BugPowder Weblog
Regular slugs of news for the UK Small Press Comics Nation (huh?)
May 31 2004

For me, and I suspect a lot of comics readers of my generation, the first stuff I saw that showed me how fucked up and genius comics could be was Brendan McCarthy's work for 2000AD in the 1980s. That he's done barely any work in the comics industry in the last decade is a crying shame though he has often said he'll return to comics when he can afford to publish his work himself. In the meanwhile you can wallow in this massive site of celebration, The Strangeness of Brendan McCarthy, featuring a huge number of covers, posters and design sketches plus a career overview chock full of interviews and scans. Lovely!

# Posted by Pete Ashton

Following on from the last ComICA post, Marie from the French Institute in London has sent through a list of the ComICA related exhibitons, events and films going on there...

# Posted by Pete Ashton

As a hopefully monthly exercise I've been asking people on the BugPowder mailing list what they're up to in an attempt to sketch out the activity that's going on in the UK Small Press scene. If you want to be in the next bulletin join the list and await my call.

# Posted by Pete Ashton

Louis, the ever popular character trapped in a Kafka-esque nightmare that all children can identify with, has his own site featuring a lovely little animation.

# Posted by Pete Ashton

During the weekend at Bristol I had the good fortune to visit Here, a lovely little shop specialising in zines, small-press comics, prints and strange arty ephemera that cannot quite be described. It's an Aladdin's Cave of the fascinating, every corner crammed with things that make you go "ooh!" and all of it lovingly hand-made in some way or other. If you're in Bristol it's well worth popping along but more importantly they're always looking for new stock, taken on a sale or return basis. Send sample copies to Here, 108 Stokes Croft, Bristol, BS1 3RU or call them on 0117 942 2222.

# Posted by Pete Ashton

Simon Perrins has had an idea and is telling everyone about it...

The Independent Comics Sampler CD

So anyway during the Small Press talk at the Comics 2004 Festival in Bristol (in which, among other things, everyone vowed to no longer refer to it as "The Small Press" because it sounds like something that the Women's Institute organise at a Village Fete) the topic of comics on CD (saved as PDFs, or some other universal document viewing format) came up.

Some girl with cybergoth hair (sorry if you're reading this but I don't know your name - I'm not part of the comics in crowd, I guess) suggested that seeing as producing CDs was so cheap, why didn't we just use them for free previews. Immediately everybody proclaimed that this was a pretty bloody brilliant idea. "Free" is a very seductive word, as Paul Rodgers would probably tell you, and people are 98.5% more likely to try something if they don't have to shell out for it. So what I'm proposing is this:

Those people who want to produce their own previews in their own way, do so and send it out to a few people. When you receive someone else's files you can put them on your own CD in addition to your own stuff. Hopefully this will snowball, so that we have a number of different people's previews on a CD. People can then burn as many copies as they want and send them out with orders (or to Shane Chebsey at Smallzone, who seemed up for the idea when I mentioned it to him), or have them at marts, conventions and so on as freebees. Bang a nice cover on it (I have been putting in colour inserts with the vinyl sleeves I send CDs out in and they look pretty nice, and its cheap too) - alternatively a lot of printers these days can print directly onto CDs - although my flatmate has a printer that can do this but we haven't figured out how to actually do it!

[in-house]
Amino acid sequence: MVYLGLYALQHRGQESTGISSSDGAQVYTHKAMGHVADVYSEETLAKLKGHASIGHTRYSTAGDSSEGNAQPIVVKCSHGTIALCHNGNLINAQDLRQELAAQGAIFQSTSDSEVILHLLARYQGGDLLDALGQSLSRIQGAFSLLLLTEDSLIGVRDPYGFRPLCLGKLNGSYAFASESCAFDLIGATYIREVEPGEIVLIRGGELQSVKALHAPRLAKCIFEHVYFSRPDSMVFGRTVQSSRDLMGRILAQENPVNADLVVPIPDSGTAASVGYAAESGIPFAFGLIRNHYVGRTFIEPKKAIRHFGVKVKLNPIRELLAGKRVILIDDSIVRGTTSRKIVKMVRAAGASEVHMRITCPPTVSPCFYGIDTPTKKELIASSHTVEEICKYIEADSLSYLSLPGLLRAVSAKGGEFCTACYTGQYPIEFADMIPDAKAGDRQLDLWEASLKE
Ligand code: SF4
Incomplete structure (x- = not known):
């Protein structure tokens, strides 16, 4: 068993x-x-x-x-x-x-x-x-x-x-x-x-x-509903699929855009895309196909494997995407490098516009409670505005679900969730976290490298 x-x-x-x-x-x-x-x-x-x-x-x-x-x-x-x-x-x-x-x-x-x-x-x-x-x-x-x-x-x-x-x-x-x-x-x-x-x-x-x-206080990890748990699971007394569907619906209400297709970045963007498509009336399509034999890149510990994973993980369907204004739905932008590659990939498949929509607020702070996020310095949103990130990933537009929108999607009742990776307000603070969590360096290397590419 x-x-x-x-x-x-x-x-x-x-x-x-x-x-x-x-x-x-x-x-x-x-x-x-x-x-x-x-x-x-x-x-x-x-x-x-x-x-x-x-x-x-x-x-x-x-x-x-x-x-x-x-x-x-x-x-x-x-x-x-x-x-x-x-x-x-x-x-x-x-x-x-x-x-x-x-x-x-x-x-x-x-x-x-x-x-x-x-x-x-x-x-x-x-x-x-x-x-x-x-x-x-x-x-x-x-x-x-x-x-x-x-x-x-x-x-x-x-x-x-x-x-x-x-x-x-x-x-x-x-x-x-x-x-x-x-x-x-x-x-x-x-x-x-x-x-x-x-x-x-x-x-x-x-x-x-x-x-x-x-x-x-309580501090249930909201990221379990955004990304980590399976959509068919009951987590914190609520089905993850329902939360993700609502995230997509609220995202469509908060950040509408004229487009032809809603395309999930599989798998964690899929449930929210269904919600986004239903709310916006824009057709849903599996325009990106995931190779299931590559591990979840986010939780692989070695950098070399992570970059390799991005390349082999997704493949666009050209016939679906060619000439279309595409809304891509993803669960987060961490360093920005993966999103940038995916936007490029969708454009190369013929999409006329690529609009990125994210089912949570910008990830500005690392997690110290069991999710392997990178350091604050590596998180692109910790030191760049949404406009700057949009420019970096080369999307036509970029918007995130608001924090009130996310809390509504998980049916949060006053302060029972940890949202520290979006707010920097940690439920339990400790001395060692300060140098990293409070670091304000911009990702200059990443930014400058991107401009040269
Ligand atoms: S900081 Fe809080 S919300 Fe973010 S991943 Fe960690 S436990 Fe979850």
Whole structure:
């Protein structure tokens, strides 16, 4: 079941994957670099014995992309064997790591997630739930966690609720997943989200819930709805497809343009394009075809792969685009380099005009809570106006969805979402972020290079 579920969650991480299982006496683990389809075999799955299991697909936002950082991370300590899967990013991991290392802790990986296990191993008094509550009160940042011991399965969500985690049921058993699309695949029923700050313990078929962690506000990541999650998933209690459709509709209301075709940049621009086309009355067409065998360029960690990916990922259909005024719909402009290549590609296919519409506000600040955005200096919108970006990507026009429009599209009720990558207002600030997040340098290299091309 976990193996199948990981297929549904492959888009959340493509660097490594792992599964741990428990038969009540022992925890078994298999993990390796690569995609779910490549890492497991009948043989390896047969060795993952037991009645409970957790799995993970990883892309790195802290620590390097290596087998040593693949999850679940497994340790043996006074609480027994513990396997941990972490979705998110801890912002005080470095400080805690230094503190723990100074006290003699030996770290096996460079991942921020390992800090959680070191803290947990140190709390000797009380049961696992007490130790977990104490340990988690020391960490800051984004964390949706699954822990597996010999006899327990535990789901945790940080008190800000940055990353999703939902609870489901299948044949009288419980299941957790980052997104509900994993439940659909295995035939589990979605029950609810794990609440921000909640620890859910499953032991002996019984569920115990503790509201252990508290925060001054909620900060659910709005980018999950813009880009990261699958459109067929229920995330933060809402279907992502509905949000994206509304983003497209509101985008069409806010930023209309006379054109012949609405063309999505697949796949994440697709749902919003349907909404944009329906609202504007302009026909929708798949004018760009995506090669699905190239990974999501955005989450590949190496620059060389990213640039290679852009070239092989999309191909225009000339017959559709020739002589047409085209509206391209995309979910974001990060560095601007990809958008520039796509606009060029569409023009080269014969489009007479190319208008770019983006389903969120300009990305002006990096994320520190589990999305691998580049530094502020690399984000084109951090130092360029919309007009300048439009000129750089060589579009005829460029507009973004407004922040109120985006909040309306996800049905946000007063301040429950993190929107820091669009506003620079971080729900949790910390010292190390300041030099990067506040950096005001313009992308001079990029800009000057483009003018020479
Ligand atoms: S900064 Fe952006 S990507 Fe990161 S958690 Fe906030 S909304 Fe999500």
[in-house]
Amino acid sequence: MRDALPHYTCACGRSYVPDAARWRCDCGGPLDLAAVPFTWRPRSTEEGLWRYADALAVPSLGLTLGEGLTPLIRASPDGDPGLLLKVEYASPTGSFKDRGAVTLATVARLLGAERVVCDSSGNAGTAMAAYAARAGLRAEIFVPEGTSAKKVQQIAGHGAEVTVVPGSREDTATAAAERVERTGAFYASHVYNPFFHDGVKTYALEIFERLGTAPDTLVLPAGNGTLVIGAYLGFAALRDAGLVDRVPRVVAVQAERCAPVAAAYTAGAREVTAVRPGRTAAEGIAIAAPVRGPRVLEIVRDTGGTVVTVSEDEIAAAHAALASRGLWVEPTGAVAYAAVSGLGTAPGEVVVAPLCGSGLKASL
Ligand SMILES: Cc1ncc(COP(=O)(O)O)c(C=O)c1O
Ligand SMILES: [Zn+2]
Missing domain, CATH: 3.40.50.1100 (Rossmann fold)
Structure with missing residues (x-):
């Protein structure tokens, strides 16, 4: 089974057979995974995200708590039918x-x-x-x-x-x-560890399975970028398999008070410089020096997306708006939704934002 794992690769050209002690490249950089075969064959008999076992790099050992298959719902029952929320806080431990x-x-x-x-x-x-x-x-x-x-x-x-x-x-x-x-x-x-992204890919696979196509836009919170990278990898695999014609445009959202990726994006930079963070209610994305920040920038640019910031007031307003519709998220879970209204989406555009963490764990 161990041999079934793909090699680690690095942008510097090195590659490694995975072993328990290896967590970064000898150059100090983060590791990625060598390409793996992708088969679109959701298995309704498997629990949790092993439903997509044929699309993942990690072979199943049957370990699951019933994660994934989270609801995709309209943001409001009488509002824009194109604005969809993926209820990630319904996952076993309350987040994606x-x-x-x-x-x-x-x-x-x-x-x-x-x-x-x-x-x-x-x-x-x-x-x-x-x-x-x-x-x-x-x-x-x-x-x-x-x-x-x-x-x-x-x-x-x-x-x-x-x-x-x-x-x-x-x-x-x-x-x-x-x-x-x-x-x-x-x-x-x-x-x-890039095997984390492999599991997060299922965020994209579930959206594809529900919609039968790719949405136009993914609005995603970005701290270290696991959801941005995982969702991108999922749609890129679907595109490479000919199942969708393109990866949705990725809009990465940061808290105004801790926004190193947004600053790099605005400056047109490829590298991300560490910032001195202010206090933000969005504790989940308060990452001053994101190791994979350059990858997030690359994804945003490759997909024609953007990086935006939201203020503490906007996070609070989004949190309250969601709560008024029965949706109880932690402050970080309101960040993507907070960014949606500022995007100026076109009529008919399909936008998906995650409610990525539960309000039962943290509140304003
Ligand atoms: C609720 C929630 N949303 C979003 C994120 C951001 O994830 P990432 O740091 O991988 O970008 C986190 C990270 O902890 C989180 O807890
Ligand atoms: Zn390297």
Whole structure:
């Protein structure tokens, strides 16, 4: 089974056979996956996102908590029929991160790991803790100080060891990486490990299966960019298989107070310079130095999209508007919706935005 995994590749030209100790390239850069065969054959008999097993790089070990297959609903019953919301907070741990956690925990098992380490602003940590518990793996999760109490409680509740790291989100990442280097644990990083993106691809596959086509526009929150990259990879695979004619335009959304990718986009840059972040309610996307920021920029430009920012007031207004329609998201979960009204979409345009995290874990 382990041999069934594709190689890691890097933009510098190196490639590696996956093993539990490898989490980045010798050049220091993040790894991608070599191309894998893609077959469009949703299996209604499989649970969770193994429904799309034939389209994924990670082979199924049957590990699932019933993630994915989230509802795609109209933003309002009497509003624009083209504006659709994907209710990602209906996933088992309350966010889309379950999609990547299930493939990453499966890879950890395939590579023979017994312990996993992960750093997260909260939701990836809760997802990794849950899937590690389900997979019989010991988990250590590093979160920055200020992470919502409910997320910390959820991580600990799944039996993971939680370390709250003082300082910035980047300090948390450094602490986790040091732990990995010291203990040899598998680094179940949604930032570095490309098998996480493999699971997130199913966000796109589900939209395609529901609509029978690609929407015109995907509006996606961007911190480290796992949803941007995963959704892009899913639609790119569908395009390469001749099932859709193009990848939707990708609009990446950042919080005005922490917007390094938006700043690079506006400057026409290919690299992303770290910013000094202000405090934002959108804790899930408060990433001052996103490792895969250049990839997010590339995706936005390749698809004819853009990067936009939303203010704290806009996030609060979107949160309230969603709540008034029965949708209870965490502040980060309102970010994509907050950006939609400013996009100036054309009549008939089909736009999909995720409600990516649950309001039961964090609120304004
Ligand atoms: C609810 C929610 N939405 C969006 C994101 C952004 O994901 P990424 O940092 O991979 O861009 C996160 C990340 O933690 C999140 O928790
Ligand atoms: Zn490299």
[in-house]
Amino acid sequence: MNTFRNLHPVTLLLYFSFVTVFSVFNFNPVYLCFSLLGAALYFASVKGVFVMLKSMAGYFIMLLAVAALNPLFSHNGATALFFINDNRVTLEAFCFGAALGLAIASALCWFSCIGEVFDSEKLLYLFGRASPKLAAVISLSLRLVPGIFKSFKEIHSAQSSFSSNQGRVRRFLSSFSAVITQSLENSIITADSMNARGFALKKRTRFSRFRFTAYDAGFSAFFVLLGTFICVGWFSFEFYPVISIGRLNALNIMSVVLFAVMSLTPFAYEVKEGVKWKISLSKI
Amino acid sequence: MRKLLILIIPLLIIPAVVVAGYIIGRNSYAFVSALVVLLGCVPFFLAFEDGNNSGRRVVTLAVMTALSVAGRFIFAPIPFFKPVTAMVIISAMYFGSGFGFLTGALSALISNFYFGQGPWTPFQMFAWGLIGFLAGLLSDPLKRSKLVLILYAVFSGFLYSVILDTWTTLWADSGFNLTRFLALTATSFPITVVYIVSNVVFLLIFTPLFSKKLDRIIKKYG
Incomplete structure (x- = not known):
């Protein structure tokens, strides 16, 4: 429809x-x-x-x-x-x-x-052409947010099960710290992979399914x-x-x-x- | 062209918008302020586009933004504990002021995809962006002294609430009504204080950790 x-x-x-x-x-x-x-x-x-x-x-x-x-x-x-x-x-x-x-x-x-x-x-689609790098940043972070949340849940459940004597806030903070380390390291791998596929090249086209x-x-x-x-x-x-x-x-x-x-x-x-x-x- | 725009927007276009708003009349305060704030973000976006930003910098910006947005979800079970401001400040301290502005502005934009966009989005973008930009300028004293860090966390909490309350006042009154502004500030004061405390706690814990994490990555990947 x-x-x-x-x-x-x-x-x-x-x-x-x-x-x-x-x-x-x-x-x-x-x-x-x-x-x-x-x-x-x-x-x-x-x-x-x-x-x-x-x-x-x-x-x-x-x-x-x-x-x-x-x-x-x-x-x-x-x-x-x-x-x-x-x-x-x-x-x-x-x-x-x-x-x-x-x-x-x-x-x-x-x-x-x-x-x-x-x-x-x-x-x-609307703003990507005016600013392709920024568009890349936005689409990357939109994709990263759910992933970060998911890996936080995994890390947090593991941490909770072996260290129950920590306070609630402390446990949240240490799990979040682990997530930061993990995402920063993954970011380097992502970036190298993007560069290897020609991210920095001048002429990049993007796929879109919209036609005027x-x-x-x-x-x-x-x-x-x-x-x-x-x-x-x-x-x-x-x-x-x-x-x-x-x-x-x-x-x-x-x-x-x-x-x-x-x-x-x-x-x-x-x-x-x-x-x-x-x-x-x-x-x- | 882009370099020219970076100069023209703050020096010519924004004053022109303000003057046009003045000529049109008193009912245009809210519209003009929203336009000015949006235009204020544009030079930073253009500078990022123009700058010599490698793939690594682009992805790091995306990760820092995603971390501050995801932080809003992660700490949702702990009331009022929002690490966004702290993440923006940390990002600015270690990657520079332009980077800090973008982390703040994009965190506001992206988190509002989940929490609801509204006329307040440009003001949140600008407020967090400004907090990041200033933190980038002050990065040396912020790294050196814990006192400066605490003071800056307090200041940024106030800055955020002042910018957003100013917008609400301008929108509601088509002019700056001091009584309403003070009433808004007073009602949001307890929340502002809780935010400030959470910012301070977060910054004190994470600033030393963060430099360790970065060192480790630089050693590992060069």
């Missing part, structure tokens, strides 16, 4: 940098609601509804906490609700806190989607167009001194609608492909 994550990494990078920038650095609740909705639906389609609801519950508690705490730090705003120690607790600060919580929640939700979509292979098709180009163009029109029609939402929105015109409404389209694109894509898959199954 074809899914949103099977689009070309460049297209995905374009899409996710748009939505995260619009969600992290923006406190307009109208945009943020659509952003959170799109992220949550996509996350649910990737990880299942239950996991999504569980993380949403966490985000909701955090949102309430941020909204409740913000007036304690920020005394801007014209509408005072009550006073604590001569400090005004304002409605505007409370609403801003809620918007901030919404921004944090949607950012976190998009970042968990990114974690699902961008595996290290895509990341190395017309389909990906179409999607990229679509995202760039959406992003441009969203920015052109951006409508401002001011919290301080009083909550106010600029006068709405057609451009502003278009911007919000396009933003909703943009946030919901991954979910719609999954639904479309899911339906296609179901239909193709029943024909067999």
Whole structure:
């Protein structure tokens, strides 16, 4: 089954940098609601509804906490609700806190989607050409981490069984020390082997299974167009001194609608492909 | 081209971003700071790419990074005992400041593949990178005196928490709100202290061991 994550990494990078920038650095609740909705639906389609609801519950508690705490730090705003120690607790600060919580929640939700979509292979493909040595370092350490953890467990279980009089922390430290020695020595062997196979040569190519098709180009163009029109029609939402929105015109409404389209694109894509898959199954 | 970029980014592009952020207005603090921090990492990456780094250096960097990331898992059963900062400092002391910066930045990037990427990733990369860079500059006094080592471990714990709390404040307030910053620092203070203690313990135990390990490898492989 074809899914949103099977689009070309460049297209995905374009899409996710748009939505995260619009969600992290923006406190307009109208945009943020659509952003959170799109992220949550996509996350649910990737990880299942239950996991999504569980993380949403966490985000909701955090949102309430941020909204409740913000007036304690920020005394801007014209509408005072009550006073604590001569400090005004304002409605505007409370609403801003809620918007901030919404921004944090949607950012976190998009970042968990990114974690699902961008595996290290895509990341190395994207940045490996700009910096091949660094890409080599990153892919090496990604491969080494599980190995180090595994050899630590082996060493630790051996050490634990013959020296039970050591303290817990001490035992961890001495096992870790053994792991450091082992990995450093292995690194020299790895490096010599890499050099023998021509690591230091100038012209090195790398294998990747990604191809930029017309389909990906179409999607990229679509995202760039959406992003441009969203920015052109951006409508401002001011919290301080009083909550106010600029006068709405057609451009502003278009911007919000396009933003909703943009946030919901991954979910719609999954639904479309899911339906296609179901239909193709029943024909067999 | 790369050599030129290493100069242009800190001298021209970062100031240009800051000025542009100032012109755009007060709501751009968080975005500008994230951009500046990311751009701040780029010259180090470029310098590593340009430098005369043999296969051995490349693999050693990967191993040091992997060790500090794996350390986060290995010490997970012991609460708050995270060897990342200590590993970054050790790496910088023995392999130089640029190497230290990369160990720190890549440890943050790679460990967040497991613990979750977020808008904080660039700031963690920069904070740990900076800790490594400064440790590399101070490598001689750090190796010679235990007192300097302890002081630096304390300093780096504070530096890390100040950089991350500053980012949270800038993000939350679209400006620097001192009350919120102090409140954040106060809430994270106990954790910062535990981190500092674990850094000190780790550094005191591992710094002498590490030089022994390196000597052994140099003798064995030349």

People who don't have CD burners, or no knowledge of how to put a CD together can just e-mail scanned files of previews of their comics to those who can. I'm willing to do this to get the ball rolling, and once we have a few people doing it, as I said before, people can burn as many CDs as they want - then the onus isn't on just one person to provide all the blank CDs and pay for all the postage.

If anyone wants to send me anything, make sure its in a format that will look good at a normal screen resolution of 72dpi, and include ordering details, information about what you have available, and all that sort of thing. I don't know what exact form this will take, possibly one big ass PDF, or maybe lots of little separate ones (the latter is easier in terms of updating the CD), but I definitely think there should be some simple front end, possibly in HTML that lists all the comics, and has images, so that people browsing through the CD can quickly get an idea of the kind of work
that people are producing.

To be honest I'm just throwing this proposal out there to see what people think. Loads of us have this kind of thing on our own websites, so it shouldn't be too much effort to get sorted out. As I said, people will no doubt be already working on their own CDs, but by pooling our efforts and resources, we can hopefully share and increase our audiences.

# Posted by Pete Ashton
May 27 2004

Le Gun is both a group of artists and a forthcoming magazine. Spearheading the new diversity and vitality emerging in illustration and narrative artwork, Le Gun believes in the power of drawing and storytelling. Revelling in the eccentric rather than the fashionable, Le Gun celebrates the published and the yet to be published. Mixing established practitioners such as Andrzej Klimowski and Peter Blegvad with emerging international talent, Le Gun is a place where imaginative people spill their minds.

(For more details get in touch with Neal Fox: ammunition@legun.co.uk)


Fresh Faces, Inky Fingers
June 6, ICA Nash Room, 6.30-7.30pm
ICA The Mall, London SW1Y 5AH
Box Office & Inquiries 02079303647/


Le Gun at the French Institute
Original Le Gun artwork at the French Institute-June 5-13
17 Queensberry Place, London SW7
Box Office & Enquiries 020 7073 1350/

Primordial Ink presents Le Gun
Monday 5th July - Saturday 31st July. Free. Match Bar
37-38 Margaret Street, just off Regent Street, W1, 1 minute from Oxford Circus tube. Open Monday - Saturday, 11am - Midnight. Private view Monday 5th, from 7pm.

# Posted by Mardou
May 19 2004

wiLbur produces a comic strip every weekday which subscribers receive via eMail - a beautifully simple method of comics distribution - but with one snag: people so like to see what they are getting before releasing funds from their steely grip.

Now you can see samples of wiLbur's work, & for simplicity, & convenience, pay subscriptions by Paypal:
Visit wiLbur's website - it features 21 pages of comics for you to sample (1 is hidden) and then... why not subscribe?

# Posted by mooncat
May 17 2004